In 1940, in his third year in the Cardinals' organization, he was 18-5, giving him a minor league record of 33-13. But by then, he also was playing in the outfield at Class D Daytona Beach when he wasn't pitching because he was such a skilled hitter. That August, he injured his left shoulder in the outfield so severely that his pitching days were over at 19.

"My spikes gave way, and I landed on my left shoulder," Musial said. "My arm never did get better. I couldn't throw hard from then on. It never bothered my hitting. Even if I didn't hurt my arm, I think somewhere along the line, somebody would have switched me over to an outfielder anyway because my hitting was always good."

In 1941, he progressed from a lame-armed Class C outfielder to hitting .426 (20-for-47) as a late-season Cardinal call-up. The next year, at 21, he was the regular leftfielder and hit .315, helping St. Louis to the first of three consecutive pennants and a World Series triumph over the Yankees.

Musial exploded in 1943, leading the majors in batting (.357), slugging percentage (.562), hits (220), doubles (48) and triples (20). He struck out just 18 times in 701 plate appearances in winning his first MVP award.

He batted .347 (second highest average in the majors) in 1944, and the Cardinals, who lost the 1943 Series to the Yankees, regained the world championship by beating the crosstown Browns.

He missed the 1945 season as he served as a seaman first class in the Navy from January 1945 to March 1946, seeing duty at Pearl Harbor. When he returned in 1946, there were questions whether Musial had accomplished so much because of inferior players during World War II. He answered his critics by leading the league with a .365 average, .587 slugging percentage, 228 hits, 50 doubles and 20 triples in winning his second MVP.

The Cardinals also won their fourth pennant in Musial's four full seasons and went on to beat Boston in the Series. In his final 17 seasons, Musial would never play in another Fall Classic.

In 1948, Musial led the league in 10 categories, most by huge margins. He had 103 extra-base hits (28 more than his nearest competitor), 429 total bases (113 more), .702 slugging percentage (138 more), .376 average (43 points higher), 230 hits (40 more), .450 on-base percentage (27 points higher), 135 runs (18 more) and career-high 131 RBI (six more), 46 doubles (six more) and 18 triples (six more). However, his career-high 39 homers left him one behind Johnny Mize and Ralph Kiner.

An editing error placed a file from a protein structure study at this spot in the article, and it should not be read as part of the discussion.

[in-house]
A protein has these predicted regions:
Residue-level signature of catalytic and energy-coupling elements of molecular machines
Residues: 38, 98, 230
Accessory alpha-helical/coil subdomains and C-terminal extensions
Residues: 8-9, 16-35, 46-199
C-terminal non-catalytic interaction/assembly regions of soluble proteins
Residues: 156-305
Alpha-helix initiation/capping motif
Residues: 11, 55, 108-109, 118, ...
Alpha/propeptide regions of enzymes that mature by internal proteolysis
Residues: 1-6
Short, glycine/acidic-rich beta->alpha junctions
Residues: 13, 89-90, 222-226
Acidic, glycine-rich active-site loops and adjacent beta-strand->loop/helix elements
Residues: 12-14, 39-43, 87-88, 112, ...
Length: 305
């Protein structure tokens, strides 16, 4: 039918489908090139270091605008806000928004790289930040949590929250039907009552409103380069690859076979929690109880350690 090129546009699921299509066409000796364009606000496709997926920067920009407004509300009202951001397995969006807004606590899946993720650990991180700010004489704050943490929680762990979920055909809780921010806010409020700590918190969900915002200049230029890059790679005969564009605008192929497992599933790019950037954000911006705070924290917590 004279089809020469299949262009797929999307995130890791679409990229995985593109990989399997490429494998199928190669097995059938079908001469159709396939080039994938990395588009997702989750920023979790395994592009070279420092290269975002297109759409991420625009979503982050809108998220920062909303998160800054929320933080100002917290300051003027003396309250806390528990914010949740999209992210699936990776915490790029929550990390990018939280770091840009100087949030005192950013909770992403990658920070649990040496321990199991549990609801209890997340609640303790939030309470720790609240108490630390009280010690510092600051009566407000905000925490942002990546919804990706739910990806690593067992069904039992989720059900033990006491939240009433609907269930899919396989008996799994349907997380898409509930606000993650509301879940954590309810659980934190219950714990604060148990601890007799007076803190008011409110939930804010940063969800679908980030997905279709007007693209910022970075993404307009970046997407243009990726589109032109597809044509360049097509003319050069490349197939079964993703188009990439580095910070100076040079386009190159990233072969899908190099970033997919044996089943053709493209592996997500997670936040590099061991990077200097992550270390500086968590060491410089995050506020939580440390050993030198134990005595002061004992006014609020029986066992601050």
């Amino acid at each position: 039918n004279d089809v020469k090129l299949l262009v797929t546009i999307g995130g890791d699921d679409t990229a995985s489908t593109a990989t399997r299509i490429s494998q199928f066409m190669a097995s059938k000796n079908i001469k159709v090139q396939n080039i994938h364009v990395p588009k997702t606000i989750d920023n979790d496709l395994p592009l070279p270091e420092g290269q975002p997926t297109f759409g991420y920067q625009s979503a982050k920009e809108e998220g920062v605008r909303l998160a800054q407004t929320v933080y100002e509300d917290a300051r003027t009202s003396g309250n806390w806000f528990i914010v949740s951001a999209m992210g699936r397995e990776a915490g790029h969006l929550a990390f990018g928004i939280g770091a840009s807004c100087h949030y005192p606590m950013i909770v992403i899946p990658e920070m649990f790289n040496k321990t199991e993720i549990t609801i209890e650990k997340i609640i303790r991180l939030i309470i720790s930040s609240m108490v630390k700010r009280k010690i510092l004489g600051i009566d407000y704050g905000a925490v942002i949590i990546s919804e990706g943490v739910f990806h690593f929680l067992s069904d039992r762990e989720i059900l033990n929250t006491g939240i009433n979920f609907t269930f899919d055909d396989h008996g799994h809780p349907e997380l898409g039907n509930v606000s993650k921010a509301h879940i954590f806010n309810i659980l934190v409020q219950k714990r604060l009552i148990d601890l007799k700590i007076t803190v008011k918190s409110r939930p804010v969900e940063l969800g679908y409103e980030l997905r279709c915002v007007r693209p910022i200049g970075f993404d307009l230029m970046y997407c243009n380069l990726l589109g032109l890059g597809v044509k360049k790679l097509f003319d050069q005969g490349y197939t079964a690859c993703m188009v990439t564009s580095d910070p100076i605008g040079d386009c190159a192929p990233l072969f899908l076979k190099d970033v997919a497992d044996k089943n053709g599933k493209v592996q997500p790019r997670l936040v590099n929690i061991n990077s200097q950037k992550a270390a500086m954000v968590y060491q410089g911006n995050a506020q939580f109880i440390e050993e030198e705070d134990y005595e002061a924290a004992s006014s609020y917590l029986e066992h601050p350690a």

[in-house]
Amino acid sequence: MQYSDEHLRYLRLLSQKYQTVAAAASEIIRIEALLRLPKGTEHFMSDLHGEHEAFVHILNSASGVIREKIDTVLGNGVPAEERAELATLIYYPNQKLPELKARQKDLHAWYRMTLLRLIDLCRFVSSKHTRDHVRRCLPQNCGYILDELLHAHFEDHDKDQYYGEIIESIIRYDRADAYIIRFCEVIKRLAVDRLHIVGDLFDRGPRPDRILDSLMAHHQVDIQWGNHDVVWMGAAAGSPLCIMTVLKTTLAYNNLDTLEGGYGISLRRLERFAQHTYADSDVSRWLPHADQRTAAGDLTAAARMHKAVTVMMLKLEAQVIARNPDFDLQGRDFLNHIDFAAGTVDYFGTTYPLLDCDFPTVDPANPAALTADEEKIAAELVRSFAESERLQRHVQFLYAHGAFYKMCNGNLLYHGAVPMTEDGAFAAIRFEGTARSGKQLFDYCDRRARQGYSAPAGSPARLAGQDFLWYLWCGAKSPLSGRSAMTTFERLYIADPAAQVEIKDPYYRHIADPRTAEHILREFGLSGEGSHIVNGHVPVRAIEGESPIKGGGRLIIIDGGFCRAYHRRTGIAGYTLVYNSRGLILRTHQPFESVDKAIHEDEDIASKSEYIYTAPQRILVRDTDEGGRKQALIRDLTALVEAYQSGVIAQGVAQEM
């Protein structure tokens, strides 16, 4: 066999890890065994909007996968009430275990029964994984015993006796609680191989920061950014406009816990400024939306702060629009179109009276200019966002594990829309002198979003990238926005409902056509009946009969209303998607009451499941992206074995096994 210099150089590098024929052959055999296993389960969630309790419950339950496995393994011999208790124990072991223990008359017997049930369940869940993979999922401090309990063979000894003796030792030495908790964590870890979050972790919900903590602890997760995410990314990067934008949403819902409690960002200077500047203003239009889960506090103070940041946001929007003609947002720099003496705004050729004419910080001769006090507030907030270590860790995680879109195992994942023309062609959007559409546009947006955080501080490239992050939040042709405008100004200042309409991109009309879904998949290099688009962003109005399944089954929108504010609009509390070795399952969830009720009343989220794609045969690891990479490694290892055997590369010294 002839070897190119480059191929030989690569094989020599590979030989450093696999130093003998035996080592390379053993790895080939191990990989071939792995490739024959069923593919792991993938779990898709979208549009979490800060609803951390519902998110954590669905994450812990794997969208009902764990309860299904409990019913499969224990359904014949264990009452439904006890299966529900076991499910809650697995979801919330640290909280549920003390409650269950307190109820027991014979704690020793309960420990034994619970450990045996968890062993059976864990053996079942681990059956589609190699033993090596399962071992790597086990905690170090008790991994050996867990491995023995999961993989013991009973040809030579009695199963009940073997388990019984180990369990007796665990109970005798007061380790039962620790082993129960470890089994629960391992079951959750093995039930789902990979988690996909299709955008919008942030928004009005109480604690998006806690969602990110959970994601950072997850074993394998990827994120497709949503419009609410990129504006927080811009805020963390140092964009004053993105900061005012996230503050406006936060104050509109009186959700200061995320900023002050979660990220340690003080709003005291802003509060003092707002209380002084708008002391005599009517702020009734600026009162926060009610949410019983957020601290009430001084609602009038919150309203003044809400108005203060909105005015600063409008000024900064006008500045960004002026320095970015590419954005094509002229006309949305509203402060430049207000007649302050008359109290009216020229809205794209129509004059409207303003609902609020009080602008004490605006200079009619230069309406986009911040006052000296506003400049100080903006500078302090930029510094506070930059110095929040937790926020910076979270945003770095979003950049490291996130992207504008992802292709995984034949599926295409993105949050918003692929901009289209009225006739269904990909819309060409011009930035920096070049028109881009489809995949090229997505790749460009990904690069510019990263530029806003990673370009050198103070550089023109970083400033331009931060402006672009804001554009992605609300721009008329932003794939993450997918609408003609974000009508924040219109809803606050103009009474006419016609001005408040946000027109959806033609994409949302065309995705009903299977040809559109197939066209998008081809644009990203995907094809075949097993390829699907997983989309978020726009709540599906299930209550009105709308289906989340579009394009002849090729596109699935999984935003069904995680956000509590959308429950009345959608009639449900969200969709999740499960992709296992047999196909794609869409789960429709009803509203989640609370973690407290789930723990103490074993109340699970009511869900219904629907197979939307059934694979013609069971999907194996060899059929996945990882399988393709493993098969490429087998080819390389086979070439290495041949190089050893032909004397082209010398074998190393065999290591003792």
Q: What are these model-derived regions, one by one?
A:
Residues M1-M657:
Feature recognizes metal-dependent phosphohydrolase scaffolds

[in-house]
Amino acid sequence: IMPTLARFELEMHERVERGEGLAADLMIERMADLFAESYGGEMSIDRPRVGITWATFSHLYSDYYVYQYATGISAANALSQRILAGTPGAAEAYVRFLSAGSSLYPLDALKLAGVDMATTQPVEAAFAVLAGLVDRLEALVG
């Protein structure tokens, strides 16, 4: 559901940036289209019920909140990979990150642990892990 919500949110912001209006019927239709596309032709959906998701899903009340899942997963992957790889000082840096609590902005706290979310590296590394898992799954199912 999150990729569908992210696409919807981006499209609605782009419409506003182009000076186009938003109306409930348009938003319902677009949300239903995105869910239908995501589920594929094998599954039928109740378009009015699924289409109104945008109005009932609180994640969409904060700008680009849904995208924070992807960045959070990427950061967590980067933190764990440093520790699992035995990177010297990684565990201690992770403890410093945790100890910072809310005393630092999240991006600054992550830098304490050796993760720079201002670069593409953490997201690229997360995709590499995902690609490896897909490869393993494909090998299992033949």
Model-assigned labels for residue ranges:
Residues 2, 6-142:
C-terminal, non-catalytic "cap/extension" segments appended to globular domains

On May 2, 1954 in St. Louis, Musial became the first major leaguer to hit five homers in a doubleheader.
In 1954, Stan Musial became the first major leaguer to hit five homers in a doubleheader.
After homering three times in the opener against the New York Giants, he homered twice off of knuckleballer Hoyt Wilhelm in the nightcap.

At the 1955 All-Star Game, as Musial stepped into the batter's box in the bottom of the 12th, American League catcher Yogi Berra told him, "My feet are killing me." Musial replied, "Relax, I'll have you home in a minute." And then he homered on the next pitch to win the game for the NL. It was one of Musial's record six homers in 24 All-Star Games, another record.

In 1957, at 36, Musial won his last batting title, hitting .351. Five years later, he batted .330. Franchise advisor Branch Rickey said that Musial should retire on such an accomplishment, but Musial said that Rickey's advice was "embarrassing." It also turned out to be accurate, as Musial slumped to .255 in his final season.

Upon his retirement, Commissioner Ford Frick said, "Here stands baseball's perfect warrior. Here stands baseball's perfect knight."

That quotation is inscribed on the pedestal of the 10-foot bronze statue of "The Man" that has stood outside Busch Stadium since 1968.

In 1964, President Lyndon Johnson appointed him director of the National Council on Physical Fitness. Three years later, Musial became the Cardinals general manager, taking the job at the urging of manager Red Schoendienst, his former road roommate. The Cardinals won the Series and then Musial stepped down as GM, but remained as a team vice president.

Musial has remained active in several business enterprises, including his St. Louis restaurant.